This month, Ignite News is featuring three companies with big ideas and big goals for this decade. Moonshot or not? You decide.
- Aize’s moonshot: Industrial software for innovative workflows
- Scatec’s moonshot: Green ammonia and hydrogen
The term moonshot emerged in the 1950s, a time when the very idea of innovation and ambition was tied to the act of propelling a spacecraft all the way to the moon. Today, the definition of moonshot has outgrown its lunar roots and become synonymous with the ambitions of people and companies to do something life-altering and oftentimes mind-blowing.
Ibrahim Al-Syed, director of Digital Manufacturing at Celanese, has his sights set on empowering every worker to reach their full potential.
What’s Celanese’s next moonshot?
Ibrahim Al-Syed: A Digital Plant of the future that is predictable, self-optimizing, remote, and autonomous to make safe, reliable, and quality products across the globe. This means that we will be able to produce at our maximum potential, achieve maximal responsiveness to current and forecast market forces, and optimize continuously within a dynamic operating window.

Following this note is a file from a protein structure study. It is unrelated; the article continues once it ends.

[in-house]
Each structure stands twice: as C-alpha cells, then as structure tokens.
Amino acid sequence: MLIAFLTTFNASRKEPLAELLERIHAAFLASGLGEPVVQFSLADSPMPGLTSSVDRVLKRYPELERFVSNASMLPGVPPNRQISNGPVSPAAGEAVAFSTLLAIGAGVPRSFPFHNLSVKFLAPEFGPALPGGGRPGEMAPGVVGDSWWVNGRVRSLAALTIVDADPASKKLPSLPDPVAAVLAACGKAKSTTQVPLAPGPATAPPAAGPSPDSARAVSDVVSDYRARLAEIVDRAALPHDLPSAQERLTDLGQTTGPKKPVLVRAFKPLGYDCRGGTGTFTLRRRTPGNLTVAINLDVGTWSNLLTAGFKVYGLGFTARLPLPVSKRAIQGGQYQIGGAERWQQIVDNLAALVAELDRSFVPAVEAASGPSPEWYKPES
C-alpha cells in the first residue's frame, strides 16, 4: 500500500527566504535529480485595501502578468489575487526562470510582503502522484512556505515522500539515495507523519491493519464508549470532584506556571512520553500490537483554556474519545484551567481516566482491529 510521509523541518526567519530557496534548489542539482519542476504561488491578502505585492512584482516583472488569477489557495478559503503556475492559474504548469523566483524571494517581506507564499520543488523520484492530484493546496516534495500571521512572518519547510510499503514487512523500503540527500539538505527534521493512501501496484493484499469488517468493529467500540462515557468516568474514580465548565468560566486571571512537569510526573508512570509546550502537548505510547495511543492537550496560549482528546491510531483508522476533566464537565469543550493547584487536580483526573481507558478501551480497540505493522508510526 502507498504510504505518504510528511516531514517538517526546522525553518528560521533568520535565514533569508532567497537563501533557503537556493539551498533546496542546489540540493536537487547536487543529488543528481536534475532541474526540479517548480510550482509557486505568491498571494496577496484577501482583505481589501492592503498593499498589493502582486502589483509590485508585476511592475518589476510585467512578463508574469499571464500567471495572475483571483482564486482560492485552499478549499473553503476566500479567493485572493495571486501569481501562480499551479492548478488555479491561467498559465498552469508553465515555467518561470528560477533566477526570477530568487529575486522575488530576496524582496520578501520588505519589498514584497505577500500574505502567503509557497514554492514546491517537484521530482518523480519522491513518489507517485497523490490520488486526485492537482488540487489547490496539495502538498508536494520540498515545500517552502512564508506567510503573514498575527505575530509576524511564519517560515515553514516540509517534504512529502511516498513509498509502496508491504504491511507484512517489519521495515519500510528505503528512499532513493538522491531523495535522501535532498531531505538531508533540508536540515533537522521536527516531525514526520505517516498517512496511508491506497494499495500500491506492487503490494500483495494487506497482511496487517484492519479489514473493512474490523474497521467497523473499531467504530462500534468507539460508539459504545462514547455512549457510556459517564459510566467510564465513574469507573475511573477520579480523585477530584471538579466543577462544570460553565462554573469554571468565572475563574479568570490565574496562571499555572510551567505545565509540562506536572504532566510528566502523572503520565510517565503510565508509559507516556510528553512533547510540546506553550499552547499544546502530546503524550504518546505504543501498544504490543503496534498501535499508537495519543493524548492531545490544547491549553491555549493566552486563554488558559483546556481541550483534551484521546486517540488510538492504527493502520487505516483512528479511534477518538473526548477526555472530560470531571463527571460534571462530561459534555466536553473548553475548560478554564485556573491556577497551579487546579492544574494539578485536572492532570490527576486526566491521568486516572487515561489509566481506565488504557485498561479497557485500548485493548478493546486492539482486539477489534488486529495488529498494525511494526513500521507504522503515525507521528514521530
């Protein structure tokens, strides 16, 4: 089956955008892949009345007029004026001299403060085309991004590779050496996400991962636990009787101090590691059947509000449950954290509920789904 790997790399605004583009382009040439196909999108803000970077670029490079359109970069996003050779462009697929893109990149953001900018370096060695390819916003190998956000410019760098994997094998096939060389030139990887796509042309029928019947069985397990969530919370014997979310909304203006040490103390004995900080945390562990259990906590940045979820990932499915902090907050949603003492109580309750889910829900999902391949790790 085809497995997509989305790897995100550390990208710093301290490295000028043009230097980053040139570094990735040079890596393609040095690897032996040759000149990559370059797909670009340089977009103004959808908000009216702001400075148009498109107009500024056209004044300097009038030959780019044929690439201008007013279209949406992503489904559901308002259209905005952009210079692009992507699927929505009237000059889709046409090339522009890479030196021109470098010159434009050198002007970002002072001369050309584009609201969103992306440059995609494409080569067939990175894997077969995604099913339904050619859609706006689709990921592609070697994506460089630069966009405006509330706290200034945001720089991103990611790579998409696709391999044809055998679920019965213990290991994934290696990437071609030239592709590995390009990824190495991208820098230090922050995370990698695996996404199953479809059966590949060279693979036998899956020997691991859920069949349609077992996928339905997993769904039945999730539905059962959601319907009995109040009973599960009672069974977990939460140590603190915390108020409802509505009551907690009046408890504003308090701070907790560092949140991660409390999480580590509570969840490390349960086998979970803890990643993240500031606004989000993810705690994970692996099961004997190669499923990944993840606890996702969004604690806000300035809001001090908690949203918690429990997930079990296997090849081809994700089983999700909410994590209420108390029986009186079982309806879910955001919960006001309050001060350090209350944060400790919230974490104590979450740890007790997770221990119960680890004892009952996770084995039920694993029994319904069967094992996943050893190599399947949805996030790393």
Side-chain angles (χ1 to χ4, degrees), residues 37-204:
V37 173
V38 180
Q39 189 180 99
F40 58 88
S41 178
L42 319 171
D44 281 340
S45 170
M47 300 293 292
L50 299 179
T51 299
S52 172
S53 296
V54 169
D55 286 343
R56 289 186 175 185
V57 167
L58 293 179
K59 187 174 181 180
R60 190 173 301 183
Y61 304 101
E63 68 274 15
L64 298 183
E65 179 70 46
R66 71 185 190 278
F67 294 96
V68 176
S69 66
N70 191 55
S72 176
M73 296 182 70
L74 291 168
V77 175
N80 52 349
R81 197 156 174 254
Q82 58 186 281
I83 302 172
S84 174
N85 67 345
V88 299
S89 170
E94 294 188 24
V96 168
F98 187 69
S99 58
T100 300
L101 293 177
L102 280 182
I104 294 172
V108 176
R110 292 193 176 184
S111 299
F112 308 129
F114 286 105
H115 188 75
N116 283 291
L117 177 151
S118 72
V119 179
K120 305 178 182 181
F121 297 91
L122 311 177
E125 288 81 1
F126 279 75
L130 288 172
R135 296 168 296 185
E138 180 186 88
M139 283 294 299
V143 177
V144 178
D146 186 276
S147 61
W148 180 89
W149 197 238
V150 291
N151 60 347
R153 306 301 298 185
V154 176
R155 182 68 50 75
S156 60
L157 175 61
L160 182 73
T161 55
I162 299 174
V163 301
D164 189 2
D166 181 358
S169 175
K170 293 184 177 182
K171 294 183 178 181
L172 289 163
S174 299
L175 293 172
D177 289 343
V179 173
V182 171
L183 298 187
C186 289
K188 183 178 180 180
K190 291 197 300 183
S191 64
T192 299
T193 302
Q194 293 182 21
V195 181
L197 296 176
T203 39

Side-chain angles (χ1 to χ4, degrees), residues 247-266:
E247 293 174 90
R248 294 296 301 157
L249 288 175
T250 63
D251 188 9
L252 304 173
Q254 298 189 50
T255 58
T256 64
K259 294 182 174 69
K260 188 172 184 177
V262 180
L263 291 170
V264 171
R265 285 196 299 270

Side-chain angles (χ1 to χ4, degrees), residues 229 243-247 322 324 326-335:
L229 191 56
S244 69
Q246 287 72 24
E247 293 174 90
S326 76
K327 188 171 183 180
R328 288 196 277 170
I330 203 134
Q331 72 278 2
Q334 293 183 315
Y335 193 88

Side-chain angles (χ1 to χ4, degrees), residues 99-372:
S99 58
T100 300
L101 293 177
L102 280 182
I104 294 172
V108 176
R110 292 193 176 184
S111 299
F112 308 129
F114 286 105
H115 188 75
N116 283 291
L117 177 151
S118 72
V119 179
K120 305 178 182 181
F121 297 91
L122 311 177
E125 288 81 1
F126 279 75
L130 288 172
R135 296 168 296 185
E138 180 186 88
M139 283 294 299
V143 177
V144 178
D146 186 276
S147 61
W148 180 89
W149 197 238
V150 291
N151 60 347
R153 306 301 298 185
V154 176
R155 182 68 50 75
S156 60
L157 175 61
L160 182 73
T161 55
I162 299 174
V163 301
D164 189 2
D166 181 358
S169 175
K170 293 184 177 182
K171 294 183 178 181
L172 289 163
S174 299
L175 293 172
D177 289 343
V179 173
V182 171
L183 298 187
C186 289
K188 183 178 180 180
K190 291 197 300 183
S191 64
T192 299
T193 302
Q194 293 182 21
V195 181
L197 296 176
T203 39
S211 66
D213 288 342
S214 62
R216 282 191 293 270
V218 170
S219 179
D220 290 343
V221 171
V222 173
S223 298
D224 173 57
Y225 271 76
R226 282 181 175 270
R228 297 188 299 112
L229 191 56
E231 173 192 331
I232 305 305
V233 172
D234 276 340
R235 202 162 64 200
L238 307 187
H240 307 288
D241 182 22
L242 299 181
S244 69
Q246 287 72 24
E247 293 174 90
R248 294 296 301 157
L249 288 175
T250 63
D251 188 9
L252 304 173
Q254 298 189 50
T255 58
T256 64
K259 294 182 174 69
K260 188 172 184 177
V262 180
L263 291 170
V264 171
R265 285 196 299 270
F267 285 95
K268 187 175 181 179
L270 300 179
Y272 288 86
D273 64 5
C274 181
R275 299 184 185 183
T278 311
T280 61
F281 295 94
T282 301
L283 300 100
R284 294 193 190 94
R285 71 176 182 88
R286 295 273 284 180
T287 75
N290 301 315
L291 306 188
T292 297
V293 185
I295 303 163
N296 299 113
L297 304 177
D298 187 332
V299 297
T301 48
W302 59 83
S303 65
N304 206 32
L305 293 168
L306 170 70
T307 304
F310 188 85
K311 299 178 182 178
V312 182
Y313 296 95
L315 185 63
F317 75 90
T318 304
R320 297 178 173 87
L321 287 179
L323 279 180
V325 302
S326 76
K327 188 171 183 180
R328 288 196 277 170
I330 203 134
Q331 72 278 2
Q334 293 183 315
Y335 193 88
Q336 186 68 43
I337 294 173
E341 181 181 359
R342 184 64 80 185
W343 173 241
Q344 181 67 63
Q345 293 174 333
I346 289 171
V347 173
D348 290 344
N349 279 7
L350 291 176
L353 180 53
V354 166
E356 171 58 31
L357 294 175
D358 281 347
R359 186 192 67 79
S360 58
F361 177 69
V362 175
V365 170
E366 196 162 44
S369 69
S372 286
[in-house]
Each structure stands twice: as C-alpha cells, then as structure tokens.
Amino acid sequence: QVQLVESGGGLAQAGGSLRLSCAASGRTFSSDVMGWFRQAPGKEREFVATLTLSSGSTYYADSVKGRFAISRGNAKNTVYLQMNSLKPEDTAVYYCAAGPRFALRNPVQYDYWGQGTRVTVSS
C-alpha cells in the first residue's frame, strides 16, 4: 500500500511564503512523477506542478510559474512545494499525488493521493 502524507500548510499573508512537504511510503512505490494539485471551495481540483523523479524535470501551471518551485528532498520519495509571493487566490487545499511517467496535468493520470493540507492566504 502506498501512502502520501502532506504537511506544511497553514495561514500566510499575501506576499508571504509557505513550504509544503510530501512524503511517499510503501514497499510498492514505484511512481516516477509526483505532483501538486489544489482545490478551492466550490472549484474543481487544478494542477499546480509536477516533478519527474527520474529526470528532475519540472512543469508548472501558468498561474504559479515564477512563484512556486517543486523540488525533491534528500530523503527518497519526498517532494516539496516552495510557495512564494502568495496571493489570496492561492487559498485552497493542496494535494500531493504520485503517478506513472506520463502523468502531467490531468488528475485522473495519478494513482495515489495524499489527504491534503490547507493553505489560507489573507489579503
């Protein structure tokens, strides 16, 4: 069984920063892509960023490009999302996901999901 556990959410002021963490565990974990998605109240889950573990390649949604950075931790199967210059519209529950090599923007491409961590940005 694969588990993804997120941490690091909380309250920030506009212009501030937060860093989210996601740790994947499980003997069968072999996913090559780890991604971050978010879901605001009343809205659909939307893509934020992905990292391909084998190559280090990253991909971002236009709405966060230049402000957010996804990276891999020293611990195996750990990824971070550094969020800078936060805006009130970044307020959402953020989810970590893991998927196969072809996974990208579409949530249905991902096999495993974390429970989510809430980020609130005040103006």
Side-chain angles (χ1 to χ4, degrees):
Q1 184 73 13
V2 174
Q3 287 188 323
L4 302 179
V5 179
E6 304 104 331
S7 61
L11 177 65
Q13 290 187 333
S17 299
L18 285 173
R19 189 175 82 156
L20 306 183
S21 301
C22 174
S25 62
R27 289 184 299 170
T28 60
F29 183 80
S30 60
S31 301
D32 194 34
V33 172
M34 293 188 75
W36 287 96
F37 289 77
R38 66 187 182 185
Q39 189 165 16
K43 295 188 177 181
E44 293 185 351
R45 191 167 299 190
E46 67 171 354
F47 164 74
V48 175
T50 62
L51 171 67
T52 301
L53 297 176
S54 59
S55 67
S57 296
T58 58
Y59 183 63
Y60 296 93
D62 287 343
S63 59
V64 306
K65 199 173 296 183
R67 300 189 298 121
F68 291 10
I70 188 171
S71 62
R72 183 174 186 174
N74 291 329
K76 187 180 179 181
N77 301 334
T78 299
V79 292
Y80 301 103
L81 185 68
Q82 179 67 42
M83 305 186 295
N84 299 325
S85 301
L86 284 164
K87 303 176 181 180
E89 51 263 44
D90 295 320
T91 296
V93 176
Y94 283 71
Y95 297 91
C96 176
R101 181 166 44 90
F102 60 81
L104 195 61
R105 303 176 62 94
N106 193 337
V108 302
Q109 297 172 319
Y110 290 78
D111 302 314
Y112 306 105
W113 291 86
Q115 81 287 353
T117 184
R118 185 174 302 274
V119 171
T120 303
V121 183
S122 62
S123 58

What are you doing to get there?
IA: We’re implementing a user-centric digital manufacturing strategy that truly inspires and optimizes our people to become more efficient and effective in our digital processes by leveraging the right data at the right time and place to make better insightful decisions.
We have to enable our people to work at their maximum potential. To do that, we have to improve work experiences by unifying people, data, process, and systems with a common platform, remove people from high-risk operations, minimize time on nonvalue-added activities—like automating transactional work—use robots and, lastly, empower people with the right skills for the right job.
If you achieve your moonshot, what will the world look like in 2030?
IA: Our manufacturing plants have transformed into connected sites with a central control tower in Dallas, Texas, with a beautiful view across the lake in Irving. The sites operate on a standardized digital platform which enables a small crew of highly capable employees to optimize all activities ranging from product delivery to production processes to maintenance in real time from the central control tower—or from the beach with information at their fingertips.